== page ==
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Reynolds Metals Company Executive Office Building

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1953–1958, Skidmore, Owings and Merrill, Gordon Bunshaft, architect; Charles F. Gillette, landscape architect. 6601 W. Broad St. Lobby open to the public
  • Reynolds Metals Company Executive Office Building (Reynolds Metals Company)

Richard S. Reynolds, the founder of Reynolds Metals Company and a nephew of R. J. Reynolds, himself founder of the tobacco company, began in the soap business and wound up producing cigarette foil. In 1940 the corporate headquarters was relocated from New York to downtown Richmond. That same year the company became an aluminum producer. During World War II Reynolds Metals provided nearly a billion pounds of aluminum for use in military equipment. Reynolds Wrap was introduced in 1947, and in 1963 the company produced the first all-aluminum twelve-ounce beverage can.

MIT-trained Gordon Bunshaft, head designer for Skidmore, Owings and Merrill's New York office, was also responsible for other nationally acclaimed corporate headquarters buildings, including Lever House, New York (1949–1952), and the Connecticut General Life Building, Bloomfield, Connecticut (1954–1957). The Reynolds headquarters showcases the company's major product: aluminum is employed as trim; for the sun louvers on the south, east, and west facades; on interior partitions; and for hardware, special file cabinets, furniture, and interior ductwork. Even the carpets were woven with aluminum fibers. The total weight of aluminum products used throughout the structure is 1,235,800 pounds. The sun louvers are controlled by an astronomical clock, which adjusts them according to the time of day. On overcast days, an electrical override allows them to stay open for maximum natural light. The second and third floors appear to hover upon a pedestal, and the aluminum-clad steel members lining the facades are reminiscent of the columnar divisions of a classical temple.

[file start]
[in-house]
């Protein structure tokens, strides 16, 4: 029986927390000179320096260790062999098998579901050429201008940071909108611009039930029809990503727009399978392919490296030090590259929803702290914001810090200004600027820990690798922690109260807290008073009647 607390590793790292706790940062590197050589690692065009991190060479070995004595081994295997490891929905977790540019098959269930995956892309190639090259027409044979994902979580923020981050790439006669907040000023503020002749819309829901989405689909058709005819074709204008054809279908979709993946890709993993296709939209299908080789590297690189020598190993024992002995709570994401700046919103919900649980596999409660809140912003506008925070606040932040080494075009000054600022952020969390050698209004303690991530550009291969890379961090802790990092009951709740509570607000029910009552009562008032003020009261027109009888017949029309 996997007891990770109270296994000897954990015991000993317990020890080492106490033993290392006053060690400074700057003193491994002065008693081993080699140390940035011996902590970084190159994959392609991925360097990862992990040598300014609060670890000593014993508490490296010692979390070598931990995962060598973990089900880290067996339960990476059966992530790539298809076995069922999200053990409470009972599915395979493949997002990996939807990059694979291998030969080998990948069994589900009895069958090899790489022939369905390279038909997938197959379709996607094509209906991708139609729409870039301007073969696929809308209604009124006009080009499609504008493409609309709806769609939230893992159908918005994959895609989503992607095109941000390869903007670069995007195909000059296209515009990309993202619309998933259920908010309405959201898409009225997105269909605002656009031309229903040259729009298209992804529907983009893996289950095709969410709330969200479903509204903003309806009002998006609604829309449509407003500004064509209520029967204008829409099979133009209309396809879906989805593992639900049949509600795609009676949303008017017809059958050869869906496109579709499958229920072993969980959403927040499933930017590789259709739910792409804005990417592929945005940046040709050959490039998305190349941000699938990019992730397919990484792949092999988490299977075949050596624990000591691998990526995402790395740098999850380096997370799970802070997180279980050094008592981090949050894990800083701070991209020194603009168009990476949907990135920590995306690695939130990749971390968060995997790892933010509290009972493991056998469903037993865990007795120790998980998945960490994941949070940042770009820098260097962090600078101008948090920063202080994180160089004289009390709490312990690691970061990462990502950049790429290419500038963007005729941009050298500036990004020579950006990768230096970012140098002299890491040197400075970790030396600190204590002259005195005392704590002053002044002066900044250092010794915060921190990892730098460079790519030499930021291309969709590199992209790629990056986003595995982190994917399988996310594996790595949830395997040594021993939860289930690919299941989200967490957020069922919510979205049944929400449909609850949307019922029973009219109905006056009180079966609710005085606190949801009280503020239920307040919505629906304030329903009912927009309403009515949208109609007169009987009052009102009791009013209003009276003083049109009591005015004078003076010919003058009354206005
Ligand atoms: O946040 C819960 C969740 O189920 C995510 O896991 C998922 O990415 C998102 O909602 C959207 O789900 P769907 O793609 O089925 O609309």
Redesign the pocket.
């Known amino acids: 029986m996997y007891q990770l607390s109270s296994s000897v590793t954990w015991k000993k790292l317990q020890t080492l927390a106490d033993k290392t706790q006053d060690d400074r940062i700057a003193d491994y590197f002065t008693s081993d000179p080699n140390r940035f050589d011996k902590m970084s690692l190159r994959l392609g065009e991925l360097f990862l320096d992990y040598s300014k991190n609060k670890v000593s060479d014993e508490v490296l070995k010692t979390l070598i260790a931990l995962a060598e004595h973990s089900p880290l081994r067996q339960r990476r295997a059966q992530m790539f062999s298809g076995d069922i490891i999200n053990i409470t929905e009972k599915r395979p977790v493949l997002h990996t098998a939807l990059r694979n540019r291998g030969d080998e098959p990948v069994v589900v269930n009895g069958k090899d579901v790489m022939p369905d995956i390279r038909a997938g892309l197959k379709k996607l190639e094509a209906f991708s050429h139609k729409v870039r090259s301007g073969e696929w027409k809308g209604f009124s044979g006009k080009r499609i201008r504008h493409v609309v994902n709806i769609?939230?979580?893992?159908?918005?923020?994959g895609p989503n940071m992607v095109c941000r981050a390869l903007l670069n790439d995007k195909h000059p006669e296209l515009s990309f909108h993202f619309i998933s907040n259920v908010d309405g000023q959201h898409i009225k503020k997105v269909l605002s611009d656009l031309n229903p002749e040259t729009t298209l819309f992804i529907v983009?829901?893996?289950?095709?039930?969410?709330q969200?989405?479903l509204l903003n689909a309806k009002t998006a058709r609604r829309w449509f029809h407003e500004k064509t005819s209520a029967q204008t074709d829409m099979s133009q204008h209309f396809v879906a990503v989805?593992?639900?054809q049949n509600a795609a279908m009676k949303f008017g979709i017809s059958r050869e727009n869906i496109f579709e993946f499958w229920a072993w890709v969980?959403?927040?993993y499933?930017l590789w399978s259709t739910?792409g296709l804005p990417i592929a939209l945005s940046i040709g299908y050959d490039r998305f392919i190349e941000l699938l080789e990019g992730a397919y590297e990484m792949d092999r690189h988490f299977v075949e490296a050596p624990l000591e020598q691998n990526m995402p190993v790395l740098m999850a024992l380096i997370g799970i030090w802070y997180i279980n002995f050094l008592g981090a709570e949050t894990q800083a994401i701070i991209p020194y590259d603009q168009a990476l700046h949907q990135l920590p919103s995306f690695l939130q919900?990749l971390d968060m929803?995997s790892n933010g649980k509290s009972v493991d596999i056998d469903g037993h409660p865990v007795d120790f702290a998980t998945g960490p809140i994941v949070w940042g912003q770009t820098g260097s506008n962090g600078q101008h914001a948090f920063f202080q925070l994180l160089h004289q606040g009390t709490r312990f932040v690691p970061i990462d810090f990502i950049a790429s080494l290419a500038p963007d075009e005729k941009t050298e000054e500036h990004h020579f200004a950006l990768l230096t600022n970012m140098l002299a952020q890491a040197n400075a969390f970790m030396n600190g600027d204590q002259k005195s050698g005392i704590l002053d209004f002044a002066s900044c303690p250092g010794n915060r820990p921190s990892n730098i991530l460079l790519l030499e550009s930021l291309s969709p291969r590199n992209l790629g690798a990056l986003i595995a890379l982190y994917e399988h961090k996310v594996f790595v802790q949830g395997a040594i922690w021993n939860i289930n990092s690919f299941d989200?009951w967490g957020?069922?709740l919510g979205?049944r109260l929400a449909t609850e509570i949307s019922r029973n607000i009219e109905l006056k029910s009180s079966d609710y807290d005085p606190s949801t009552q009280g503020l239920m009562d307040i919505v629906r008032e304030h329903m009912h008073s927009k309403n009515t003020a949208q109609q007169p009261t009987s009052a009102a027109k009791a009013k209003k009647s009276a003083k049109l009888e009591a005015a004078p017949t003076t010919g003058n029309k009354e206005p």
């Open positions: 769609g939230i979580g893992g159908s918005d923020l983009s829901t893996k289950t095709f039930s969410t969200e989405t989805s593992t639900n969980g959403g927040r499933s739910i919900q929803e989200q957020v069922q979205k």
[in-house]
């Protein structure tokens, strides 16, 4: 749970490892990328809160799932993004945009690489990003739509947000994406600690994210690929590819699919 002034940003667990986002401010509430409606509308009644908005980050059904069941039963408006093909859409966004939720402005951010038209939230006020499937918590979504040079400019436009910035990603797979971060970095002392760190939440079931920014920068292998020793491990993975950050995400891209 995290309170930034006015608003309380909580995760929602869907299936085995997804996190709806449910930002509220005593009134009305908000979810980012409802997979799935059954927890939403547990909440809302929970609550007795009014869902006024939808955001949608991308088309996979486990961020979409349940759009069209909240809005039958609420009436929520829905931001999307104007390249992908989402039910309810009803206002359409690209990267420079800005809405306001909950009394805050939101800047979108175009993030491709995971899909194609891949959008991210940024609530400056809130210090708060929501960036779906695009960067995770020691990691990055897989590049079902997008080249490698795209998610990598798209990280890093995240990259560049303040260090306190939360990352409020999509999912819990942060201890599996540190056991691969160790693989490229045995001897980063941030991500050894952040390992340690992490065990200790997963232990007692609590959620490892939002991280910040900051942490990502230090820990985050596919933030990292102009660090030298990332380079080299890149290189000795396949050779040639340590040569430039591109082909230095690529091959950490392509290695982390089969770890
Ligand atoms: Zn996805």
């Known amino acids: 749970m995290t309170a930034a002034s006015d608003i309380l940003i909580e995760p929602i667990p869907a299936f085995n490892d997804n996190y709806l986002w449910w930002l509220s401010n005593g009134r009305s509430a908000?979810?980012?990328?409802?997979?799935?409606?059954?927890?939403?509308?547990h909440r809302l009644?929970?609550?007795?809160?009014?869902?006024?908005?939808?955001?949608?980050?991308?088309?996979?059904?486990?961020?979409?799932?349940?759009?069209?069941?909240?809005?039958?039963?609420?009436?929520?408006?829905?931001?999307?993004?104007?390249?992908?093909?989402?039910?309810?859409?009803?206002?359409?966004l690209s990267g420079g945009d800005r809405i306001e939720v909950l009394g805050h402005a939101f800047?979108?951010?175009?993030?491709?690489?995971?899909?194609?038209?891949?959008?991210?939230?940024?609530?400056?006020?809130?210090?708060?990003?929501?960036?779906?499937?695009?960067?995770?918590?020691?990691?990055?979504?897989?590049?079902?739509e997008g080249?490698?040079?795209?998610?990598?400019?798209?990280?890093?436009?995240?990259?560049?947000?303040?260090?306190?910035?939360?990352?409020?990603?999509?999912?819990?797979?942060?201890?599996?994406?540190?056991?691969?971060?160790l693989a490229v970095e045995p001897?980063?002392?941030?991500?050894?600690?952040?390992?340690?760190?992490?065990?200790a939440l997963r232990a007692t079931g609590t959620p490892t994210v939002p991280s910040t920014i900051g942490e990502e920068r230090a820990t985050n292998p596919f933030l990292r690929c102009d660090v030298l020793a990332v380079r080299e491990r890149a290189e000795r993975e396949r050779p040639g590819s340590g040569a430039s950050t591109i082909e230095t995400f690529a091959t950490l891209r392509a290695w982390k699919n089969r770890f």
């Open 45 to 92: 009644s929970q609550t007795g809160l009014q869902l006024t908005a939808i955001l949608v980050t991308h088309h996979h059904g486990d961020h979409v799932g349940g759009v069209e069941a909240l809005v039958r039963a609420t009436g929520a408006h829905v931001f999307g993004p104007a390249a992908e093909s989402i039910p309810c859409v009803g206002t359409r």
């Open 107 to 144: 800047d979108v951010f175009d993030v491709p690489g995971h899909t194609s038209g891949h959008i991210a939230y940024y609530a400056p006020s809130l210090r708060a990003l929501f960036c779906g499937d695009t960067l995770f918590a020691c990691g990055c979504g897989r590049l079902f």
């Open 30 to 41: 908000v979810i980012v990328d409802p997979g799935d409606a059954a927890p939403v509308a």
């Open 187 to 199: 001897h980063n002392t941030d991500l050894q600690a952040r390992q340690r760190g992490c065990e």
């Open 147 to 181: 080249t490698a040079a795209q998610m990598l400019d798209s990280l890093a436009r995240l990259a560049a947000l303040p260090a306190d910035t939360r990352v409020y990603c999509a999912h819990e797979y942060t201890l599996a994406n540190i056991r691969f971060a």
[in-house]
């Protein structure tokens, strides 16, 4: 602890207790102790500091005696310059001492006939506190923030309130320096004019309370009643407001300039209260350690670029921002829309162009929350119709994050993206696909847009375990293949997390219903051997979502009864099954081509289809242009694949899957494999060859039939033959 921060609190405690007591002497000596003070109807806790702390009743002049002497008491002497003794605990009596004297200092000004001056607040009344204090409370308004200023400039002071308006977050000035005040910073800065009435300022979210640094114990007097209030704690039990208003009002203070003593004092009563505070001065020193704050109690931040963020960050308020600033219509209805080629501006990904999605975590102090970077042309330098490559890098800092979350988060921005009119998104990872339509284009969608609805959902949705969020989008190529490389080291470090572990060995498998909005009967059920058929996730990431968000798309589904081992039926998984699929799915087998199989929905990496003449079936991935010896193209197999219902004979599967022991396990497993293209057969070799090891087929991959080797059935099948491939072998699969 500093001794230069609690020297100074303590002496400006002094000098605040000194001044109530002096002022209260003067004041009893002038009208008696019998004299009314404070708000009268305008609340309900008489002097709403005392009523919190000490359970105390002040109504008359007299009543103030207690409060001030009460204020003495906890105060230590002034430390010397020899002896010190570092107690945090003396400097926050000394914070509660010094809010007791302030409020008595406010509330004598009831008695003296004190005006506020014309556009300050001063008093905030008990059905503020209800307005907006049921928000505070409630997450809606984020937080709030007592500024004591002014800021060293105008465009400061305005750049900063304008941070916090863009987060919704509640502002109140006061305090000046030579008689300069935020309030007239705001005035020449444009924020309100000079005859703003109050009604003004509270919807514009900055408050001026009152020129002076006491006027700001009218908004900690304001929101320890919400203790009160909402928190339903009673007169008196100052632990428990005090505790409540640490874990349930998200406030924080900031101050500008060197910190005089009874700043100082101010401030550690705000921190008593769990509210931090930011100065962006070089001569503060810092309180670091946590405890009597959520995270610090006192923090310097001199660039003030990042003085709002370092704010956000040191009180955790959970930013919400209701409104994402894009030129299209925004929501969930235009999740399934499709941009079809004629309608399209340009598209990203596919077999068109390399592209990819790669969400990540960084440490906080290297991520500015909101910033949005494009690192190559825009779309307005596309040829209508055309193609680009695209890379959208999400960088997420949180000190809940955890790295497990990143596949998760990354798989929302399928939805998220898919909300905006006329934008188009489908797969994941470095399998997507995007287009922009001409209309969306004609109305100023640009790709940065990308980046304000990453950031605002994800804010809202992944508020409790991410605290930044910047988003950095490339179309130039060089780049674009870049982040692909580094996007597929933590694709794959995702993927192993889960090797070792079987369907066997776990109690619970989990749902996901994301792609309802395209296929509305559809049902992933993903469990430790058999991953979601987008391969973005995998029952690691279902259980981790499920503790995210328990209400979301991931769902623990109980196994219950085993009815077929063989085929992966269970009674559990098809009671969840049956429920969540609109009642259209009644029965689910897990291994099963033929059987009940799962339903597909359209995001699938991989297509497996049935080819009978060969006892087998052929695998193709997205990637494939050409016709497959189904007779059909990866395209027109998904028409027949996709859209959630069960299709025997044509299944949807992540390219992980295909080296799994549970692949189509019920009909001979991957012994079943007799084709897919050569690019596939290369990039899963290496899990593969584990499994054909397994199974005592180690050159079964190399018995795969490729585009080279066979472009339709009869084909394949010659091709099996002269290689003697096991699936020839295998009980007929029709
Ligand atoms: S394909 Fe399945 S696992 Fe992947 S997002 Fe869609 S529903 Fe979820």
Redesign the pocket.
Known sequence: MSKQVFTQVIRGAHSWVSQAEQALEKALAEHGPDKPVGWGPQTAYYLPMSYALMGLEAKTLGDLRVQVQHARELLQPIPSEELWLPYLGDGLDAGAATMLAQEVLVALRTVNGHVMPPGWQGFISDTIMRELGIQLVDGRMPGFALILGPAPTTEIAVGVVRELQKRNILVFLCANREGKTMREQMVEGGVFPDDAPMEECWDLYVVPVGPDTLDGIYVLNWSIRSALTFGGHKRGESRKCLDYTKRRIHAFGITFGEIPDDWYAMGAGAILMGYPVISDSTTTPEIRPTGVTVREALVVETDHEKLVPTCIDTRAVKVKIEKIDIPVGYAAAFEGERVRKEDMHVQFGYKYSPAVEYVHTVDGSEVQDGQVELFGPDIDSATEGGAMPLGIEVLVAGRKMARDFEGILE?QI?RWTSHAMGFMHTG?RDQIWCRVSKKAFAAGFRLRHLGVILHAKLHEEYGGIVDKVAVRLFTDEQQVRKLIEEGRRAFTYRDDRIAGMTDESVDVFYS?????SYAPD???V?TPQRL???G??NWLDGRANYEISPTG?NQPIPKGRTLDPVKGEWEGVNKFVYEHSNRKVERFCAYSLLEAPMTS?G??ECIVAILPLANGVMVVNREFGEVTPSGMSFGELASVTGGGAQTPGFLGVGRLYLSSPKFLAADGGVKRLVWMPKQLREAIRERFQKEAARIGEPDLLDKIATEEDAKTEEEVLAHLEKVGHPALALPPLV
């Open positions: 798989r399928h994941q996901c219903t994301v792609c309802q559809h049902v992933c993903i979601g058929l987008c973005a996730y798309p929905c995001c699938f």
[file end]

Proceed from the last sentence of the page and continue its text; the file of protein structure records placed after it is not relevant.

Completely symmetrical, with an open-air central court, the building features horizontal layering: base, piano nobile, and cornice, the composition common to the Italian palazzo tradition. The geometric lightness of the design is underscored by the reflecting pool (205,000 gallons) that fronts the entrance facade and serves as a reservoir for cooling and irrigation systems. A restrained complement to the rectilinear formality of the building is the interior court, a design incorporating gridded squares of grass and flowers, a magnolia tree, and a fountain, by Charles F. Gillette, the landscape architect for some of Richmond's finer “Banker's Georgian” houses. Positioned on a prominent rise, the building is an early corporate temple. Although he never admitted to the classical tendencies of the design, Bunshaft did remark: “This is how a temple should have been approached.” Furnished with modern furniture, the building remains in pristine condition. It has been acquired by the University of Richmond for use as a conference center.

Writing Credits

Richard Guy Wilson et al.


What's Nearby


Richard Guy Wilson et al., "Reynolds Metals Company Executive Office Building", [Richmond, Virginia], SAH Archipedia, eds. Gabrielle Esperdy and Karen Kingsley, Charlottesville: UVaP, 2012—,

Print Source

Buildings of Virginia: Tidewater and Piedmont, Richard Guy Wilson and contributors. New York: Oxford University Press, 2002, 290-291.

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